On Welfare? Don't Use The Money For Movies, Say Kansas Lawmakers | KUOW News and Information

On Welfare? Don't Use The Money For Movies, Say Kansas Lawmakers

Apr 9, 2015
Originally published on April 10, 2015 5:09 pm

Welfare recipients in Kansas may soon be barred from spending their benefits on activities like going to the movies or swimming, or from withdrawing more than $25 per day from bank machines.

If Gov. Sam Brownback signs the bill, it will become one of the strictest welfare laws in the country. It's one of a number of such measures popping up in states that say they're trying to reduce fraud and get people off the welfare rolls. But opponents say the laws are mean-spirited and hurt the poor.

Supporters of the Kansas measure, known as the Hope, Opportunity and Prosperity for Everyone Act, or HOPE Act, say they hope it leads to more welfare recipients getting work.

"That's our goal," Republican Kansas Sen. Michael O'Donnell said on the floor of the state Senate last week. "I think everyone in this room has the same feeling and same dedication to making sure that Kansans have high quality of life. And you don't have high quality of life if you don't have a job."

The measure includes work and job training requirements for those on welfare, known officially as Temporary Assistance For Needy Families, or TANF. But the bill also imposes new restrictions: a three-year lifetime limit on getting benefits and the $25-a-day limit on cash withdrawals from an ATM.

It also includes a long list of things recipients can't spend their benefits on, from casinos, cruises and strip joints to movies, jewelry and swimming.

Shannon Cotsoradis, president and CEO of the advocacy group Kansas Action for Children, says she thinks the bill "suggests that this is what families on cash assistance do with their dollars — and I think that's a far cry from the reality."

The average welfare recipient gets less that $300 per month in Kansas, and Cotsoradis says most families receiving those benefits are struggling to make ends meet, not planning a Caribbean cruise.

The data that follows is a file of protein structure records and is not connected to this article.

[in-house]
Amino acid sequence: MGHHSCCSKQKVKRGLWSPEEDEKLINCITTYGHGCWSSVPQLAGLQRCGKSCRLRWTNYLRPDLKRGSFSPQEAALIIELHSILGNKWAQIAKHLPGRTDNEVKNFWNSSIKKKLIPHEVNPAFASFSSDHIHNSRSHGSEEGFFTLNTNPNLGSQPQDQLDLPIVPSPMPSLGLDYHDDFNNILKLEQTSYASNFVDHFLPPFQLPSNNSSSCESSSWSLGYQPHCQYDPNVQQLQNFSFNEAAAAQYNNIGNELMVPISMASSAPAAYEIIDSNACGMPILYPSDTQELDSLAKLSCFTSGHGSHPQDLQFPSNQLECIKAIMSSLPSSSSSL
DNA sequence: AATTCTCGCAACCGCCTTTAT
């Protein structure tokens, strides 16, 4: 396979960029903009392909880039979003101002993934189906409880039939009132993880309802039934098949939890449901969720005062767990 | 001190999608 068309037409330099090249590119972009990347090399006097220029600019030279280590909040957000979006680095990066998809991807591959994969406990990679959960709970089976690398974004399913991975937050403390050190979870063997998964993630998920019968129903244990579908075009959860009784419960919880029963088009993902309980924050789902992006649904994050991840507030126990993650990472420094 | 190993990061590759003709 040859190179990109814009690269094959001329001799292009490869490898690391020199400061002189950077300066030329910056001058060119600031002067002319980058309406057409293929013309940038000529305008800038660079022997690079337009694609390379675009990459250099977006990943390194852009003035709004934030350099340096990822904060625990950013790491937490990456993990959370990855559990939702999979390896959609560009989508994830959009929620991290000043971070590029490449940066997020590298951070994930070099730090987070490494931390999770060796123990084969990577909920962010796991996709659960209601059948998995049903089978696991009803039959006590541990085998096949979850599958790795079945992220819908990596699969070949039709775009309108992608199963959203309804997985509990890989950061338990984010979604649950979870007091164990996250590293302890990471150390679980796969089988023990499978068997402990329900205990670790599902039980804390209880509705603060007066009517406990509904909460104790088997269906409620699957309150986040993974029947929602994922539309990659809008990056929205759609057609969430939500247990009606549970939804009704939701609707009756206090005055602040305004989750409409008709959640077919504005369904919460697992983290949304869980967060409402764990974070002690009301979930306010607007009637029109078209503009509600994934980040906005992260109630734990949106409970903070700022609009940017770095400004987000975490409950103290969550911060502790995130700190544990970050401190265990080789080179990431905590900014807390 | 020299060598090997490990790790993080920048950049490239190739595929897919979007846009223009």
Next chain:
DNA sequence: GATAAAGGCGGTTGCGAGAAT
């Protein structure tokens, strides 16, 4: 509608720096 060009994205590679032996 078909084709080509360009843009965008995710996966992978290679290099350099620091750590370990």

What bothers her even more, she says, is the three-year lifetime limit on benefits, because families will then be dropped from the rolls, even if they can't find work.

"And I think it's shortsighted, because what happens at end of the day is the children living in those families suffer," she says. "And we set the stage for another generation of poor adults — kids who haven't really had the benefit of having their basic needs met, as children."

Kansas isn't the only state considering new restrictions. On Monday, Maine Gov. Paul LePage proposed a welfare bill that among other things would prevent benefits from being spent out of state. A Missouri House committee is considering a measure to prohibit the withdrawal of any cash assistance from an ATM. Another lawmaker wants to ban the use of food stamps to buy fish, after one recipient boasted about eating lobster.

Mark Rank, a professor of social welfare at Washington University in St. Louis, calls some of the restrictions ludicrous.

"What's going on is basically, people are scoring political points by going after the poor and welfare recipients," he says.

Rank says it's part of a long tradition, perhaps made most famous by President Ronald Reagan, who repeatedly talked about a woman who defrauded the government extensively — the so-called welfare queen.

Ranks says that's an "old stereotype that people who are poor are basically at fault, people who are using welfare are basically abusing the system," when welfare fraud is relatively limited.

He also questions whether the prohibition against spending money on items such as movies is enforceable, because it will be difficult to know whether the individual is using their welfare benefits, or some other cash.

Even so, fraud is worth going after, says Kansas Rep. Travis Couture-Lovelady, especially if the money can be better spent on those who need it. The purpose of the new Kansas law, he says, is to make clear that benefits are not for entertainment but for basic necessities like food, rent and utilities.

"It's not to look down on those folks in any way at all," he says. "It was to try and help lift them up, and the work programs have been very successful. I don't see it as being harsh on the folks that really need the assistance, 'cause they're not using it in these inappropriate manners anyways."